Osho said that the main thing in Krishnamurti’s teaching is the message “don’t follow anyone except yourself.” That is to say, long and sometimes forceful training has left its mark on all of his message. Truly, Krishnamurti claimed that the Path to Truth does not exist; that teachers and masters are not needed, just as no organizations, churches or orders are needed. “Truth is a pathless land,” he would state, but continued to transmit the Truth to the extent he himself knew it. Exposition of that Truth that was revealed to him became the main cause of his life, and of course, it was far wider than a call to follow no teachings.

In fact, Krishnamurti always spoke about the state of awareness and about nothing else. Even so, he did not designate paths to it; he simply described it, as a person who was in a state of awareness, sensing himself and the world, and that was it. Being outside of time (that is, in “the here and now”); non-attachment to the past and the reactions of the mind; independence of any ideas; awareness without choice – all of this is the description of a state of full awareness, and in fact a fairly detailed one.

It worked this way: Krishnamurti would tell unaware people how an aware person behaves and senses himself, and they, impressed with what they had heard, tried to behave in the same way. In other words, Krishnamurti gave them a model of behavior, which people could try to measure against themselves, making the Teacher an example for imitation. While denying the presence of the Way, Krishnamurti still provided a certain knowledge from which people could create for themselves a surrogate of the Way, since the Teacher could not provide them with anything else. That is the nature of the human mind – in order to begin to act, it needs an example of similar action, a certain algorithm, which by following, it could do something.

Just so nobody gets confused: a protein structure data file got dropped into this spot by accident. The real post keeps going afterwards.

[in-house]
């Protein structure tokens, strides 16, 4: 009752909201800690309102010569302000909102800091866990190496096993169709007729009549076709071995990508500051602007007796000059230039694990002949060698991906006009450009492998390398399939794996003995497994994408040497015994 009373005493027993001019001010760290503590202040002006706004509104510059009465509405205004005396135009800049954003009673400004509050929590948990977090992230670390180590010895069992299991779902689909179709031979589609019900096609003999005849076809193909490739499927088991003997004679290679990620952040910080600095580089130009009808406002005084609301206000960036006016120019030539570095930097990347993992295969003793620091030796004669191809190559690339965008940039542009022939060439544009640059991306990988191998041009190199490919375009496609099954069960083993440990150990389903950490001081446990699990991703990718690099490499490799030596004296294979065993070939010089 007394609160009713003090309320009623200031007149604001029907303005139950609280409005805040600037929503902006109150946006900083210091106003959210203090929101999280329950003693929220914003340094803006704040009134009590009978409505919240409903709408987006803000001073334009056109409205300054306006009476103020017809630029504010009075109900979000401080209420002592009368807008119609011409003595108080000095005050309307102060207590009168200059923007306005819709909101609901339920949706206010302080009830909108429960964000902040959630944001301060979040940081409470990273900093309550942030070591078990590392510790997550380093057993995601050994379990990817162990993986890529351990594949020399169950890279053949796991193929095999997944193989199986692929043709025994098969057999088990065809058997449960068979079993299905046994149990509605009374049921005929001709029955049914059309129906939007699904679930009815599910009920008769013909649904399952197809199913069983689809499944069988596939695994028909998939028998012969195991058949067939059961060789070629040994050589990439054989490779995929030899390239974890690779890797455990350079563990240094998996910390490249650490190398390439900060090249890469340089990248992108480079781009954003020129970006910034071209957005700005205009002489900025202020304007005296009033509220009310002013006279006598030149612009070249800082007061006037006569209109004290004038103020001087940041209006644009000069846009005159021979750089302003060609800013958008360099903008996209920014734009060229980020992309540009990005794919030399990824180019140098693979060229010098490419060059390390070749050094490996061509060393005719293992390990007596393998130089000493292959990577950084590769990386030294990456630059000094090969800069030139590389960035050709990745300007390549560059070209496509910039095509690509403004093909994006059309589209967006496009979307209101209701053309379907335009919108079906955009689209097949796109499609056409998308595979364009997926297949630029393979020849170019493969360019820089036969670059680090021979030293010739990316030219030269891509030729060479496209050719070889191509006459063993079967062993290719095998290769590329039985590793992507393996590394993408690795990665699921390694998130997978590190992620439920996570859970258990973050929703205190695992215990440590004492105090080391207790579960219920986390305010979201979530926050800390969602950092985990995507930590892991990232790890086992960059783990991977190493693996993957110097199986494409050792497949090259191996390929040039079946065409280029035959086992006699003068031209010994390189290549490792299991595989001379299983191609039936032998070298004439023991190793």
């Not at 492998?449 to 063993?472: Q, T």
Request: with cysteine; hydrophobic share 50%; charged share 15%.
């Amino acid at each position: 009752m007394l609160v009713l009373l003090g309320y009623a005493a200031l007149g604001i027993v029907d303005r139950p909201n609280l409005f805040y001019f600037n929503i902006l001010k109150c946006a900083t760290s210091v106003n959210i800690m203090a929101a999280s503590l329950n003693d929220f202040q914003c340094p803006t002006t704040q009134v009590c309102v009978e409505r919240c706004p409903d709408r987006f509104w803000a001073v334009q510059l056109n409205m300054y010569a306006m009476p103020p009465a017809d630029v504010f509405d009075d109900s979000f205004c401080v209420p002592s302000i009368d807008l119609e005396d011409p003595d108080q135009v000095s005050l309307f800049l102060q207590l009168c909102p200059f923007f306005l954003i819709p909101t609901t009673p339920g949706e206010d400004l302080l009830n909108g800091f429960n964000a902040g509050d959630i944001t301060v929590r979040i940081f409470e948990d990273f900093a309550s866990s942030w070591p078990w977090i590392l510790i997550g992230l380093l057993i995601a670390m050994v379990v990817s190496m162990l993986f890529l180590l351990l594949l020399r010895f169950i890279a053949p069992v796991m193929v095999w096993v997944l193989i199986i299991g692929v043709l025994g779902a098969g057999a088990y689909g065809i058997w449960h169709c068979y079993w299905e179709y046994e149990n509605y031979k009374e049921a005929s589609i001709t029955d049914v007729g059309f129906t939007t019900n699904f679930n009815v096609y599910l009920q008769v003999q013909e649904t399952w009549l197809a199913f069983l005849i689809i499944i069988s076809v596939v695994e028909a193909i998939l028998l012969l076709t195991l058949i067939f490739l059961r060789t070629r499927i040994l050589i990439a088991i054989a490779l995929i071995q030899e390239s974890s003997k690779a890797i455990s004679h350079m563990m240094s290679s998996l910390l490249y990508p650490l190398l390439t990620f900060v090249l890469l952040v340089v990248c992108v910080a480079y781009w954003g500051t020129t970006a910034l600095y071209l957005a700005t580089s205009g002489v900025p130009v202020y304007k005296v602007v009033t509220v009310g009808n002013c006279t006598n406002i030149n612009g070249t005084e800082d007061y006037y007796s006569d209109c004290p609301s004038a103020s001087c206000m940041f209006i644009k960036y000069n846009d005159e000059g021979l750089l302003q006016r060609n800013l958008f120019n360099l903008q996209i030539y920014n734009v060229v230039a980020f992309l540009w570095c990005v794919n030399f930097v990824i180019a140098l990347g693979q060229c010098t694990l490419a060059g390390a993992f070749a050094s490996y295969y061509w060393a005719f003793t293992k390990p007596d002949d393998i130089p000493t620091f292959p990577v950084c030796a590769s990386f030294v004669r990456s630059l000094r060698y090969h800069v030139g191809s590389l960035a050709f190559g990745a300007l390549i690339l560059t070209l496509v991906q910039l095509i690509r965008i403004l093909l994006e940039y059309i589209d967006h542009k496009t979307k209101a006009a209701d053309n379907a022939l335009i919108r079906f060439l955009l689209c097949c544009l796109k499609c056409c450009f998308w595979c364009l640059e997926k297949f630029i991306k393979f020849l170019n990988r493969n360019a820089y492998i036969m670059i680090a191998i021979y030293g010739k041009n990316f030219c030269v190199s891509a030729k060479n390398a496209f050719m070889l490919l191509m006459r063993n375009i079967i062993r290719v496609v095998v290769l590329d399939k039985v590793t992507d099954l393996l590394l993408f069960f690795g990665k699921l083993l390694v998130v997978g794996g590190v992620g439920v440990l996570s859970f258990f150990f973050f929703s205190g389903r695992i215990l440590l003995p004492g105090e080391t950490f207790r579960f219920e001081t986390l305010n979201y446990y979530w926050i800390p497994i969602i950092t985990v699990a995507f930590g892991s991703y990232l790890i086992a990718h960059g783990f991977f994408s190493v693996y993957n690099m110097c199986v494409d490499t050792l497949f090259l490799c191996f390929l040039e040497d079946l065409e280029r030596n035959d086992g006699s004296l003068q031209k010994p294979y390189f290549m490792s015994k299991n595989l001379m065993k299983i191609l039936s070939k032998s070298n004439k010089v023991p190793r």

Krishnamurti’s words provided examples of an attitude toward oneself and reality, and you could try to borrow that attitude and, from time to time, act by relying on it. Such an approach did not in any way rid a person of unawareness, but it did give him a certain new point of departure and evaluation of events; a new position for the mind. Thanks to this, a student of Krishnamurti could be inspired and for some time react and act anew, but then mechanical reactions would nevertheless would gain the upper hand, and no profound changes would occur. Deeper layers of conditionality and ideas imbibed at an early age nevertheless prevail over new ideas, no matter how fervently a person tries to inculcate them in himself. The chief result of such efforts is a contrariness and confusion of reactions in a person who, for example, goes to church and observes fasts, but in many situations behaves like a true atheist, forgetting about Jesus and the Christian commandments completely.

Approximately the same thing happened with the admirers of the speeches and books of Krishnamurti. And the same thing happens, it must be said, with the followers of all Teachers without exception who appeal only to the minds of listeners. It may seem to you that truth expressed in words touches your heart and produces a certain inspiring effect; perhaps that is how it really is. But the dry remnants of the verbal effect remain only in the mind, and all the rest of the reactions pass without a trace – you remember them, perhaps, and you wish repetition of these wonderful sensations, but that is it. Incorporation of new ideas into the mind gives it new means of action, almost never replacing old stereotypes and reactions. Sometimes a new idea enters into the old in a kind of symbiosis, broadening and changing it. But sometimes they contradict one another, and then a person’s reactions entirely depend on which idea suddenly began to dominate in his mind, and he behaves accordingly. Without targeted work on freeing oneself of attachment to ideas, without non-identification with mind – it is impossible to change a given situation. Krishnamurti for some reason tried to forget about how he himself went through serious practical preparation for the fulfillment of the mission of a Teacher. Or does he believe that this preparation didn’t give him anything, and it was completely unnecessary?